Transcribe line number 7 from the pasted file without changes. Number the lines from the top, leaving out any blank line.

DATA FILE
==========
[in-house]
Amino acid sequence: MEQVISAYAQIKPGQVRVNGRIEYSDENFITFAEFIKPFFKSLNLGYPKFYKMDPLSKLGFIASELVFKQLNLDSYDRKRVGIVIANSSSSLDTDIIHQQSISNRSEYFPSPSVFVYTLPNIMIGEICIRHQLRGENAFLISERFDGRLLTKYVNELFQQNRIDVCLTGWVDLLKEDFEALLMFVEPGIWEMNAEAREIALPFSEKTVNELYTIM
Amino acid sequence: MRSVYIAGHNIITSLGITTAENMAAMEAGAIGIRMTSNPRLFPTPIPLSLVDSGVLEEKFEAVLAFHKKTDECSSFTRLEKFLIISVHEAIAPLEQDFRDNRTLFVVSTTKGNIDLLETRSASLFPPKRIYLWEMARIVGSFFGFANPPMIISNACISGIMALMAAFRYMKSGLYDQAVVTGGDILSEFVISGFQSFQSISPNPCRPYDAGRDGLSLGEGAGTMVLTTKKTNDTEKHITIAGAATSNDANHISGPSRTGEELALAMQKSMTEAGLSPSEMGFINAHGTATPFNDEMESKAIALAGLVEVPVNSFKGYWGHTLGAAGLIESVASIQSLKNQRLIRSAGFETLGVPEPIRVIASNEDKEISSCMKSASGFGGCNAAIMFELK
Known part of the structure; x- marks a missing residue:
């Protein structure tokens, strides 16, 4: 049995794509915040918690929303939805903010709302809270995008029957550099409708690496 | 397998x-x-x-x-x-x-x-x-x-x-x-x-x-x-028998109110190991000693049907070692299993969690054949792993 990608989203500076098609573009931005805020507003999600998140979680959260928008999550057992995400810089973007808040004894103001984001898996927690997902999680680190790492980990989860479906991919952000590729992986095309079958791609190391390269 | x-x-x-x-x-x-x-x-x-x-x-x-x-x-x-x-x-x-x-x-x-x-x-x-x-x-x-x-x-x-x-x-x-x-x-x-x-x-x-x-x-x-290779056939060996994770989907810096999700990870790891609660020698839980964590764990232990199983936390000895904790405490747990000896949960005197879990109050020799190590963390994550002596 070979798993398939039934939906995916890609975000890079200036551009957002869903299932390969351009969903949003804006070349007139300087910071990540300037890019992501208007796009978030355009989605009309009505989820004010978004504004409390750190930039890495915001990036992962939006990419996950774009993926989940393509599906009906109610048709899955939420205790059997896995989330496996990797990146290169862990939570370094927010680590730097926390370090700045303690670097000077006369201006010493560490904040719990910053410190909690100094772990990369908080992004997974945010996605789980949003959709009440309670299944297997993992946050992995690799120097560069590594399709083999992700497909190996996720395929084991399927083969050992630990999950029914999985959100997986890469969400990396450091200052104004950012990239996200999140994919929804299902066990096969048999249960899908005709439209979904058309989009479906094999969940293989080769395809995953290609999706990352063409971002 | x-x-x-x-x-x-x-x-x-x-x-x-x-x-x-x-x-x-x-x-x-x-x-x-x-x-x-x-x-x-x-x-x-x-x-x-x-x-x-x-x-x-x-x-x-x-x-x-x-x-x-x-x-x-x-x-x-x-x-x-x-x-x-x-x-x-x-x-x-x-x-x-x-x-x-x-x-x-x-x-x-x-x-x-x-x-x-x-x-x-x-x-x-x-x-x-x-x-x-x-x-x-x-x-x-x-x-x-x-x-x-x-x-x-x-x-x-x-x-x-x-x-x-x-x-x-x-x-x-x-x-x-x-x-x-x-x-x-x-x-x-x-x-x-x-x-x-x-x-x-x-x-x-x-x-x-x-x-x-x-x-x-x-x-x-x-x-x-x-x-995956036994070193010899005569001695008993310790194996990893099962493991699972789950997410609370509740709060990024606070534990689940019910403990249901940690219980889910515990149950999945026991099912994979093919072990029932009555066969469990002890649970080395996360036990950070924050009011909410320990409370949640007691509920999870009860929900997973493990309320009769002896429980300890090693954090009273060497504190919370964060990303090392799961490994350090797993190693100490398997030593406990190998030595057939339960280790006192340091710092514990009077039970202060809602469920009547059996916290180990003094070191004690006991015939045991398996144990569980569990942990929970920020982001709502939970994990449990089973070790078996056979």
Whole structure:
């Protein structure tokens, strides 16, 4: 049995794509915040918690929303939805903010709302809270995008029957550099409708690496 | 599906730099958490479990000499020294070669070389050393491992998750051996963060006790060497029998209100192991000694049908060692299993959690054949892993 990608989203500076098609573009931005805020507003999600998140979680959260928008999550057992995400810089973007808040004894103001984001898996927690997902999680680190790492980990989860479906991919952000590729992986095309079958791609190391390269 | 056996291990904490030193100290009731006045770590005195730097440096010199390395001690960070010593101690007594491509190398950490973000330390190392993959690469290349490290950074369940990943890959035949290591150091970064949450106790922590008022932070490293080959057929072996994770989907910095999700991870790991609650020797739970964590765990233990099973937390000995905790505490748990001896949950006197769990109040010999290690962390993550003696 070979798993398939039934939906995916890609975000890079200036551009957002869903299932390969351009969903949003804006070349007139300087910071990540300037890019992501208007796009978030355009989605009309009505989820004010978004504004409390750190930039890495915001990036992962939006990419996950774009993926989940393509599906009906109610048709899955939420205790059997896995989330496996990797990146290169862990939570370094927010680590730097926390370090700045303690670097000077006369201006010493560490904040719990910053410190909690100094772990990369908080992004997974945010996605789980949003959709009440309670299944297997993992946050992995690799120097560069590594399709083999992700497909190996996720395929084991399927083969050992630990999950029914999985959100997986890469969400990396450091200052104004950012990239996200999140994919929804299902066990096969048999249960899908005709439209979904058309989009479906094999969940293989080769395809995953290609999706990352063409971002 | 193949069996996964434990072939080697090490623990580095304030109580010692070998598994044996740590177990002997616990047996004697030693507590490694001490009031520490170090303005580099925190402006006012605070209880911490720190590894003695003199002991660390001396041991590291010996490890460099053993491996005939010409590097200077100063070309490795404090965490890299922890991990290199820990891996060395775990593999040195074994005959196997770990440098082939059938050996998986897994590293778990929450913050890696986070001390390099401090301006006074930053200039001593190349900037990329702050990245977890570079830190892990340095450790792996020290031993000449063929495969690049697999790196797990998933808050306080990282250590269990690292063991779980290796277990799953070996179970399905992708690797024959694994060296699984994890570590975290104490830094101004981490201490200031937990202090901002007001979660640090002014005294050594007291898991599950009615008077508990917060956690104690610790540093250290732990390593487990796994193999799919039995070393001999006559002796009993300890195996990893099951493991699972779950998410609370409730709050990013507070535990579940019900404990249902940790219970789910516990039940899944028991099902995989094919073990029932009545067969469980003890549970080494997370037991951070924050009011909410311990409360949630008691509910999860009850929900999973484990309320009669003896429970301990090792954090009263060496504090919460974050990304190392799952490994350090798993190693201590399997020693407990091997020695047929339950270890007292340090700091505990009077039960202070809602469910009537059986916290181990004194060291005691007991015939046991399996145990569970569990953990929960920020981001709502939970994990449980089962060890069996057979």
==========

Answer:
């Protein structure tokens, strides 16, 4: 049995794509915040918690929303939805903010709302809270995008029957550099409708690496 | 599906730099958490479990000499020294070669070389050393491992998750051996963060006790060497029998209100192991000694049908060692299993959690054949892993 990608989203500076098609573009931005805020507003999600998140979680959260928008999550057992995400810089973007808040004894103001984001898996927690997902999680680190790492980990989860479906991919952000590729992986095309079958791609190391390269 | 056996291990904490030193100290009731006045770590005195730097440096010199390395001690960070010593101690007594491509190398950490973000330390190392993959690469290349490290950074369940990943890959035949290591150091970064949450106790922590008022932070490293080959057929072996994770989907910095999700991870790991609650020797739970964590765990233990099973937390000995905790505490748990001896949950006197769990109040010999290690962390993550003696 070979798993398939039934939906995916890609975000890079200036551009957002869903299932390969351009969903949003804006070349007139300087910071990540300037890019992501208007796009978030355009989605009309009505989820004010978004504004409390750190930039890495915001990036992962939006990419996950774009993926989940393509599906009906109610048709899955939420205790059997896995989330496996990797990146290169862990939570370094927010680590730097926390370090700045303690670097000077006369201006010493560490904040719990910053410190909690100094772990990369908080992004997974945010996605789980949003959709009440309670299944297997993992946050992995690799120097560069590594399709083999992700497909190996996720395929084991399927083969050992630990999950029914999985959100997986890469969400990396450091200052104004950012990239996200999140994919929804299902066990096969048999249960899908005709439209979904058309989009479906094999969940293989080769395809995953290609999706990352063409971002 | 193949069996996964434990072939080697090490623990580095304030109580010692070998598994044996740590177990002997616990047996004697030693507590490694001490009031520490170090303005580099925190402006006012605070209880911490720190590894003695003199002991660390001396041991590291010996490890460099053993491996005939010409590097200077100063070309490795404090965490890299922890991990290199820990891996060395775990593999040195074994005959196997770990440098082939059938050996998986897994590293778990929450913050890696986070001390390099401090301006006074930053200039001593190349900037990329702050990245977890570079830190892990340095450790792996020290031993000449063929495969690049697999790196797990998933808050306080990282250590269990690292063991779980290796277990799953070996179970399905992708690797024959694994060296699984994890570590975290104490830094101004981490201490200031937990202090901002007001979660640090002014005294050594007291898991599950009615008077508990917060956690104690610790540093250290732990390593487990796994193999799919039995070393001999006559002796009993300890195996990893099951493991699972779950998410609370409730709050990013507070535990579940019900404990249902940790219970789910516990039940899944028991099902995989094919073990029932009545067969469980003890549970080494997370037991951070924050009011909410311990409360949630008691509910999860009850929900999973484990309320009669003896429970301990090792954090009263060496504090919460974050990304190392799952490994350090798993190693201590399997020693407990091997020695047929339950270890007292340090700091505990009077039960202070809602469910009537059986916290181990004194060291005691007991015939046991399996145990569970569990953990929960920020981001709502939970994990449980089962060890069996057979």